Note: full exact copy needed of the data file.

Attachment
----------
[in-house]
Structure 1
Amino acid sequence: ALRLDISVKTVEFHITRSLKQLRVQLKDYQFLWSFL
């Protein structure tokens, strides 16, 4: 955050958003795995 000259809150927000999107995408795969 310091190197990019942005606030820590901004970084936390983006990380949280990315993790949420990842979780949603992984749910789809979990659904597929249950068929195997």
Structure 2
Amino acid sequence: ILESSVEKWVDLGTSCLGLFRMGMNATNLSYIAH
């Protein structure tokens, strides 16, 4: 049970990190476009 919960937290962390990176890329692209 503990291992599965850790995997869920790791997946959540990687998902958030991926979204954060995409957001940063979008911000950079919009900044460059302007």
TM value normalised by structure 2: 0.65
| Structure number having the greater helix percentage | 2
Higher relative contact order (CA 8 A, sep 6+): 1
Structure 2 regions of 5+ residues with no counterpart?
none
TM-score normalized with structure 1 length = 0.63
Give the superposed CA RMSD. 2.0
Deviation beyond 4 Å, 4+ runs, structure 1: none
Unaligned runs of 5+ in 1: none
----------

[in-house]
Structure 1
Amino acid sequence: ALRLDISVKTVEFHITRSLKQLRVQLKDYQFLWSFL
């Protein structure tokens, strides 16, 4: 955050958003795995 000259809150927000999107995408795969 310091190197990019942005606030820590901004970084936390983006990380949280990315993790949420990842979780949603992984749910789809979990659904597929249950068929195997």
Structure 2
Amino acid sequence: ILESSVEKWVDLGTSCLGLFRMGMNATNLSYIAH
């Protein structure tokens, strides 16, 4: 049970990190476009 919960937290962390990176890329692209 503990291992599965850790995997869920790791997946959540990687998902958030991926979204954060995409957001940063979008911000950079919009900044460059302007």
TM value normalised by structure 2: 0.65
| Structure number having the greater helix percentage | 2
Higher relative contact order (CA 8 A, sep 6+): 1
Structure 2 regions of 5+ residues with no counterpart?
none
TM-score normalized with structure 1 length = 0.63
Give the superposed CA RMSD. 2.0
Deviation beyond 4 Å, 4+ runs, structure 1: none
Unaligned runs of 5+ in 1: none